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Every athlete has the championship dream at some point: the tennis player winning a Grand Slam or the Olympic athlete taking home multiple medals. Dr. Max Trenerry, a sports psychologist at Mayo Clinic, says there are generally two factors that separate those athletes who dream of championship glory and those who achieve it.
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First, Dr. Trenerry says, is that champion-level athletes simply practice and prepare more than anyone else. He says true champions are usually the first ones in the gym or on the field, and the last ones to go home.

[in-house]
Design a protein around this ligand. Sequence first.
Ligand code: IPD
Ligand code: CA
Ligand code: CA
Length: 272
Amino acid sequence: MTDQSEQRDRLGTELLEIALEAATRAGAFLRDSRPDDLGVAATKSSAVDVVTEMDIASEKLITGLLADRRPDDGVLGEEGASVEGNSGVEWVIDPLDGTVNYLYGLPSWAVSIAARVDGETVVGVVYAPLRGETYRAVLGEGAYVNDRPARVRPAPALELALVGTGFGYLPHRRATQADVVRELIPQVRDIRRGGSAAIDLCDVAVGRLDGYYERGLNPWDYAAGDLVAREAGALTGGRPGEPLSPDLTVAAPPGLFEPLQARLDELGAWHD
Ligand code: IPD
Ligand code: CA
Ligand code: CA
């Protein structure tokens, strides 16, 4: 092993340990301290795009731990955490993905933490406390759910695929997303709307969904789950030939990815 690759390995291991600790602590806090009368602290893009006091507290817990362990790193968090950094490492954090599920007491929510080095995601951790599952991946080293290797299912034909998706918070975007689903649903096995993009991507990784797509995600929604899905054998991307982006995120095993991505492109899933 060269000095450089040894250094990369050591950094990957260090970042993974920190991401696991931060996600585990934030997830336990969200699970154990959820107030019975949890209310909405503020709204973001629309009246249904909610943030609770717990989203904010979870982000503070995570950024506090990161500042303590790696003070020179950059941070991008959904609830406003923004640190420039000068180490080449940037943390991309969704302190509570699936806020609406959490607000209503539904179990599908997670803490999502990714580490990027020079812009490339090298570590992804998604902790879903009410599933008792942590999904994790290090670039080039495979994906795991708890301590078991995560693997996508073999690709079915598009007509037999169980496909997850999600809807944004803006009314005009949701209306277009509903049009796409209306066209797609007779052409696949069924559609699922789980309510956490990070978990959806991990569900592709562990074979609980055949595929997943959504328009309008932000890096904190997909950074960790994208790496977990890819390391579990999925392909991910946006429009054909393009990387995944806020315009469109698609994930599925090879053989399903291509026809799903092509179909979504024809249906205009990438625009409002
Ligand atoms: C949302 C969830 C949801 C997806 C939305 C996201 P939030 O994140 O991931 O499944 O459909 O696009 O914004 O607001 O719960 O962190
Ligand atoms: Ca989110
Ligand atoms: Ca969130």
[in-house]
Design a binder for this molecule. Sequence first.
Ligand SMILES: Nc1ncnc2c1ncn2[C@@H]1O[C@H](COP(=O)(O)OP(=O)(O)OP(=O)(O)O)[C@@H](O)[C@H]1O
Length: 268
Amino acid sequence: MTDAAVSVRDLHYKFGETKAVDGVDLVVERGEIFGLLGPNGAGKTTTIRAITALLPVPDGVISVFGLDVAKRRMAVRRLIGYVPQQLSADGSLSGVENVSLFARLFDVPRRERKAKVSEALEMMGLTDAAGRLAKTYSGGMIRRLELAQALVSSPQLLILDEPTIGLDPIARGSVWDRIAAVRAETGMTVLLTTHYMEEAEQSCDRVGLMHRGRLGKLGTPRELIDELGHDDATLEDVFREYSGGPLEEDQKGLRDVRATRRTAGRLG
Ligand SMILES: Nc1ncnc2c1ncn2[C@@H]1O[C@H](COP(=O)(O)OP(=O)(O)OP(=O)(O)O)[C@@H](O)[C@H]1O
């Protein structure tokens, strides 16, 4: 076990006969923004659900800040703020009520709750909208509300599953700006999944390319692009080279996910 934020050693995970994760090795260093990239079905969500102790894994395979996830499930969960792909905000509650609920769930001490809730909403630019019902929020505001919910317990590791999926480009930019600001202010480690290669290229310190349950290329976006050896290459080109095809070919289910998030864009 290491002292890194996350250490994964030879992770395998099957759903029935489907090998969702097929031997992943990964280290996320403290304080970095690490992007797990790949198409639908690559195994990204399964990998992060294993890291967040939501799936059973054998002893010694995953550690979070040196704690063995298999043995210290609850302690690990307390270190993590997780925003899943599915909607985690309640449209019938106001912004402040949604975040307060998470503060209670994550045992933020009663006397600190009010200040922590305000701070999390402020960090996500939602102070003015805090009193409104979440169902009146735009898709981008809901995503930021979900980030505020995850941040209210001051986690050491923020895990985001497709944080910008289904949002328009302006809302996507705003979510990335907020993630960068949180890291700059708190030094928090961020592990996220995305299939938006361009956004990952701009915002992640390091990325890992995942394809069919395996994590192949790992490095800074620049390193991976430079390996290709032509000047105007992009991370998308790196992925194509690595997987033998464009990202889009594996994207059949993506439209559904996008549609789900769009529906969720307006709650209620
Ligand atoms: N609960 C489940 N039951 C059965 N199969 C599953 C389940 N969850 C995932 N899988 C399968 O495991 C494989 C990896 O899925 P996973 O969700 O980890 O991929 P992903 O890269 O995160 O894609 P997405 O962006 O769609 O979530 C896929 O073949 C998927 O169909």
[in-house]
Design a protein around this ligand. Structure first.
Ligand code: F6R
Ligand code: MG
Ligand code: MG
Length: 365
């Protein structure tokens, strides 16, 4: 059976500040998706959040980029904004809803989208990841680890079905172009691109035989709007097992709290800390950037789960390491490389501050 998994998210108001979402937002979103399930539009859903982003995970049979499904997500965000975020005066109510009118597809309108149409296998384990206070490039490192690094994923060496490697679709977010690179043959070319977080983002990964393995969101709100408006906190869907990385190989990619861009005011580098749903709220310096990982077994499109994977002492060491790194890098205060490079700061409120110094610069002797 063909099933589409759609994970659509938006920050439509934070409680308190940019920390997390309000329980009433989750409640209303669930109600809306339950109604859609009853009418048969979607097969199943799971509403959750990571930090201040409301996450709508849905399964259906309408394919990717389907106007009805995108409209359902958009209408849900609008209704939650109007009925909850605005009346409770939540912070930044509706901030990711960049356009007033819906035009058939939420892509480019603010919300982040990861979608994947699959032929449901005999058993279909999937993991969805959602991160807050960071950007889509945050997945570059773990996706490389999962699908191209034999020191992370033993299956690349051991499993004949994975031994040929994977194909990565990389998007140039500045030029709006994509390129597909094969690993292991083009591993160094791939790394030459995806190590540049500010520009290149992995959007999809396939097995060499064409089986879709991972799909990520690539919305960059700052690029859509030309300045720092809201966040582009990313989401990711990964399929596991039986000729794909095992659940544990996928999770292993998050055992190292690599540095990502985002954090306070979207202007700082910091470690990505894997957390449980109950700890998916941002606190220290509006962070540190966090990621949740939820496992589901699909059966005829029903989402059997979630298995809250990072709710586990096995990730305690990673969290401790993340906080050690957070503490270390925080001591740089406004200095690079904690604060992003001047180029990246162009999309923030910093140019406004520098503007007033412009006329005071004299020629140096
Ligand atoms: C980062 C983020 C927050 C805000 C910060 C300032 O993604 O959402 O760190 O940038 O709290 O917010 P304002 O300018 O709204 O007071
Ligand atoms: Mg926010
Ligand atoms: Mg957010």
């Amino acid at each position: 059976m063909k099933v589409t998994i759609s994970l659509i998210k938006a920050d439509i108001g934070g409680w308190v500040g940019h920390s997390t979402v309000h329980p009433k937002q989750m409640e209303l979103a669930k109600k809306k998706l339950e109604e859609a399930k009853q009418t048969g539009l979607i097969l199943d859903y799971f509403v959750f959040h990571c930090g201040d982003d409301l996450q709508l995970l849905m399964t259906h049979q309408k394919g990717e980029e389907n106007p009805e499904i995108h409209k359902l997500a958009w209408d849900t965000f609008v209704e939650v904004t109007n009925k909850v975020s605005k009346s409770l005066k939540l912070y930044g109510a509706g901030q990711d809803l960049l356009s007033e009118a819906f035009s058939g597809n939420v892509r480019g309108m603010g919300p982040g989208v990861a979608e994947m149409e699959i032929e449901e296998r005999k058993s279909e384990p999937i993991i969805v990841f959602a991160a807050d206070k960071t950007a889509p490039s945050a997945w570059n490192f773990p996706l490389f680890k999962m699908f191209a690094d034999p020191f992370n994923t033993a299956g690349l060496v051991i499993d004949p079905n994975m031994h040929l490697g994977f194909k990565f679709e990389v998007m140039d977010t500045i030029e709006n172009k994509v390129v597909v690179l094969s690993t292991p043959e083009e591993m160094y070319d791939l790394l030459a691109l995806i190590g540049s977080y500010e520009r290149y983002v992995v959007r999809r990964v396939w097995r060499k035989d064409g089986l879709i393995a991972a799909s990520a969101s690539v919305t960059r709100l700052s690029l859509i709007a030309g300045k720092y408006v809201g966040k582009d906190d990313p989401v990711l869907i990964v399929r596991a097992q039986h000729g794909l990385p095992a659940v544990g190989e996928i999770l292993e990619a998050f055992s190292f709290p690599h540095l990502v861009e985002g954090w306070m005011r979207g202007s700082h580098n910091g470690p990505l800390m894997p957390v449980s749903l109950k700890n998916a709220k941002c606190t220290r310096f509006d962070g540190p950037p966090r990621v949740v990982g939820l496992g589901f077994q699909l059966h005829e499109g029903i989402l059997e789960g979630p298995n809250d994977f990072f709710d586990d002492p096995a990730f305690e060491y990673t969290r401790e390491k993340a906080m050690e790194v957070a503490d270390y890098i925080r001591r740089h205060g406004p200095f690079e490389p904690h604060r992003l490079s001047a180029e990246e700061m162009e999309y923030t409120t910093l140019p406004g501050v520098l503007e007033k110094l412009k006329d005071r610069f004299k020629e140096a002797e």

"There is that 10,000-hour rule out there, and I think it's more of a guideline than a rule," Dr. Trenerry says. But if ... you track elite performers of any kind, many of them – whether they're playing the violin or whether they're throwing a football – started training, and they have played and trained for hours over years. And if you count those hours up, it's thousands."
The second factor, he says, is sacrifice.
"There's always some sacrifice," Dr. Trenerry says. "At that level, there was sacrifice ... athletes that are going to succeed at that high level have made sacrifices. They have been willing to give up one thing to attain something else."
So for those dreaming of being the next Serena Williams or Michael Phelps, the key may simply be working harder than all the other great athletes to be the very best athlete.
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